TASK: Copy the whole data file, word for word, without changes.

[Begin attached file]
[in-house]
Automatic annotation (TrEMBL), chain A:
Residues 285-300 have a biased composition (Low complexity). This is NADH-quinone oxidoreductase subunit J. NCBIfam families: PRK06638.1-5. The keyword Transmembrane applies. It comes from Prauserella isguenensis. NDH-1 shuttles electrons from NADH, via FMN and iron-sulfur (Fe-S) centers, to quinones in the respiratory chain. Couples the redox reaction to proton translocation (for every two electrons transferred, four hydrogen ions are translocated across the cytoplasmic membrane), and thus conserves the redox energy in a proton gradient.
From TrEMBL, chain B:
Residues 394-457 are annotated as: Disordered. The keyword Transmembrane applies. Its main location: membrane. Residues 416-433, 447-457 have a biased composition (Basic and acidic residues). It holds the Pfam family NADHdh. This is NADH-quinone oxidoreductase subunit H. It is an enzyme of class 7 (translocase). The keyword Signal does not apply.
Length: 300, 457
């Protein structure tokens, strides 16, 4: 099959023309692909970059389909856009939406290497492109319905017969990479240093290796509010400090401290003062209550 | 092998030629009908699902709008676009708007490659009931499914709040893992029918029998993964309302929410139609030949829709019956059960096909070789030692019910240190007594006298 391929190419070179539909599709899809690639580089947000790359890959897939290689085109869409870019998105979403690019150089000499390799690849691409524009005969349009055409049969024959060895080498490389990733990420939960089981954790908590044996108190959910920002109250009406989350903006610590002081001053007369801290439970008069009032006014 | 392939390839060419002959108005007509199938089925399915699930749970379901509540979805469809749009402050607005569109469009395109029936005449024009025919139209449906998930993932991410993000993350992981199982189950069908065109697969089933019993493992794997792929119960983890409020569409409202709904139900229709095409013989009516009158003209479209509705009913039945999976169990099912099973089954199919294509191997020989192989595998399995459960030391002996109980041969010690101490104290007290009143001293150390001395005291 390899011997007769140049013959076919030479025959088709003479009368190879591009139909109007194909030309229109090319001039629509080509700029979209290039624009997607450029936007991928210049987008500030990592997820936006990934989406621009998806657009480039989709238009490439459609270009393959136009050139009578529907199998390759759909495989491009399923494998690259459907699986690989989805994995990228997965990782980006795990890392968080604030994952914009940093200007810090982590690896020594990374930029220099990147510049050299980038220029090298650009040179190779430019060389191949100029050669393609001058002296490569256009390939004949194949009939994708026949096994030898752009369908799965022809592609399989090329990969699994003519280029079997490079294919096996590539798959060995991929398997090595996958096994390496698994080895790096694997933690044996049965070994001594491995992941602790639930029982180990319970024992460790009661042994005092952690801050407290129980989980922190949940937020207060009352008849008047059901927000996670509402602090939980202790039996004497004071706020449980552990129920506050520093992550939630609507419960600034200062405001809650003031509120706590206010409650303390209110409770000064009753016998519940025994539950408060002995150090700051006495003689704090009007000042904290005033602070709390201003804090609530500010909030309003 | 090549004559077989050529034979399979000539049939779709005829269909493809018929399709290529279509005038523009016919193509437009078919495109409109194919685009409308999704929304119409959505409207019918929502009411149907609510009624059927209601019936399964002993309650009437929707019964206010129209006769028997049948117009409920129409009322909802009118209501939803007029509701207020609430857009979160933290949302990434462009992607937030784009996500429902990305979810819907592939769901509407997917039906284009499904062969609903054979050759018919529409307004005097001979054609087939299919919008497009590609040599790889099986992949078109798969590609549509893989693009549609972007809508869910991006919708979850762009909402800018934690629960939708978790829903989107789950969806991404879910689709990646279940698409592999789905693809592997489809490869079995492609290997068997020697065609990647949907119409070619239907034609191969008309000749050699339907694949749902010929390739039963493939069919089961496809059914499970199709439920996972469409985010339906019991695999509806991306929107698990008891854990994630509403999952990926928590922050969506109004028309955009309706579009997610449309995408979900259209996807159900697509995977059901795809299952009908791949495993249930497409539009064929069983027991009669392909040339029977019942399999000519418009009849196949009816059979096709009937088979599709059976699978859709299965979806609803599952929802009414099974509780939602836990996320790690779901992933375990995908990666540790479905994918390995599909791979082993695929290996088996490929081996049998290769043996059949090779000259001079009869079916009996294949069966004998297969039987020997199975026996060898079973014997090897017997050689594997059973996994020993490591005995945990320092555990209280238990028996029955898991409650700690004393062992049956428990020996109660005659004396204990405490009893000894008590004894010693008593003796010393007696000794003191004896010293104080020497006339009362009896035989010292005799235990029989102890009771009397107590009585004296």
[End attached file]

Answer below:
[in-house]
Automatic annotation (TrEMBL), chain A:
Residues 285-300 have a biased composition (Low complexity). This is NADH-quinone oxidoreductase subunit J. NCBIfam families: PRK06638.1-5. The keyword Transmembrane applies. It comes from Prauserella isguenensis. NDH-1 shuttles electrons from NADH, via FMN and iron-sulfur (Fe-S) centers, to quinones in the respiratory chain. Couples the redox reaction to proton translocation (for every two electrons transferred, four hydrogen ions are translocated across the cytoplasmic membrane), and thus conserves the redox energy in a proton gradient.
From TrEMBL, chain B:
Residues 394-457 are annotated as: Disordered. The keyword Transmembrane applies. Its main location: membrane. Residues 416-433, 447-457 have a biased composition (Basic and acidic residues). It holds the Pfam family NADHdh. This is NADH-quinone oxidoreductase subunit H. It is an enzyme of class 7 (translocase). The keyword Signal does not apply.
Length: 300, 457
């Protein structure tokens, strides 16, 4: 099959023309692909970059389909856009939406290497492109319905017969990479240093290796509010400090401290003062209550 | 092998030629009908699902709008676009708007490659009931499914709040893992029918029998993964309302929410139609030949829709019956059960096909070789030692019910240190007594006298 391929190419070179539909599709899809690639580089947000790359890959897939290689085109869409870019998105979403690019150089000499390799690849691409524009005969349009055409049969024959060895080498490389990733990420939960089981954790908590044996108190959910920002109250009406989350903006610590002081001053007369801290439970008069009032006014 | 392939390839060419002959108005007509199938089925399915699930749970379901509540979805469809749009402050607005569109469009395109029936005449024009025919139209449906998930993932991410993000993350992981199982189950069908065109697969089933019993493992794997792929119960983890409020569409409202709904139900229709095409013989009516009158003209479209509705009913039945999976169990099912099973089954199919294509191997020989192989595998399995459960030391002996109980041969010690101490104290007290009143001293150390001395005291 390899011997007769140049013959076919030479025959088709003479009368190879591009139909109007194909030309229109090319001039629509080509700029979209290039624009997607450029936007991928210049987008500030990592997820936006990934989406621009998806657009480039989709238009490439459609270009393959136009050139009578529907199998390759759909495989491009399923494998690259459907699986690989989805994995990228997965990782980006795990890392968080604030994952914009940093200007810090982590690896020594990374930029220099990147510049050299980038220029090298650009040179190779430019060389191949100029050669393609001058002296490569256009390939004949194949009939994708026949096994030898752009369908799965022809592609399989090329990969699994003519280029079997490079294919096996590539798959060995991929398997090595996958096994390496698994080895790096694997933690044996049965070994001594491995992941602790639930029982180990319970024992460790009661042994005092952690801050407290129980989980922190949940937020207060009352008849008047059901927000996670509402602090939980202790039996004497004071706020449980552990129920506050520093992550939630609507419960600034200062405001809650003031509120706590206010409650303390209110409770000064009753016998519940025994539950408060002995150090700051006495003689704090009007000042904290005033602070709390201003804090609530500010909030309003 | 090549004559077989050529034979399979000539049939779709005829269909493809018929399709290529279509005038523009016919193509437009078919495109409109194919685009409308999704929304119409959505409207019918929502009411149907609510009624059927209601019936399964002993309650009437929707019964206010129209006769028997049948117009409920129409009322909802009118209501939803007029509701207020609430857009979160933290949302990434462009992607937030784009996500429902990305979810819907592939769901509407997917039906284009499904062969609903054979050759018919529409307004005097001979054609087939299919919008497009590609040599790889099986992949078109798969590609549509893989693009549609972007809508869910991006919708979850762009909402800018934690629960939708978790829903989107789950969806991404879910689709990646279940698409592999789905693809592997489809490869079995492609290997068997020697065609990647949907119409070619239907034609191969008309000749050699339907694949749902010929390739039963493939069919089961496809059914499970199709439920996972469409985010339906019991695999509806991306929107698990008891854990994630509403999952990926928590922050969506109004028309955009309706579009997610449309995408979900259209996807159900697509995977059901795809299952009908791949495993249930497409539009064929069983027991009669392909040339029977019942399999000519418009009849196949009816059979096709009937088979599709059976699978859709299965979806609803599952929802009414099974509780939602836990996320790690779901992933375990995908990666540790479905994918390995599909791979082993695929290996088996490929081996049998290769043996059949090779000259001079009869079916009996294949069966004998297969039987020997199975026996060898079973014997090897017997050689594997059973996994020993490591005995945990320092555990209280238990028996029955898991409650700690004393062992049956428990020996109660005659004396204990405490009893000894008590004894010693008593003796010393007696000794003191004896010293104080020497006339009362009896035989010292005799235990029989102890009771009397107590009585004296």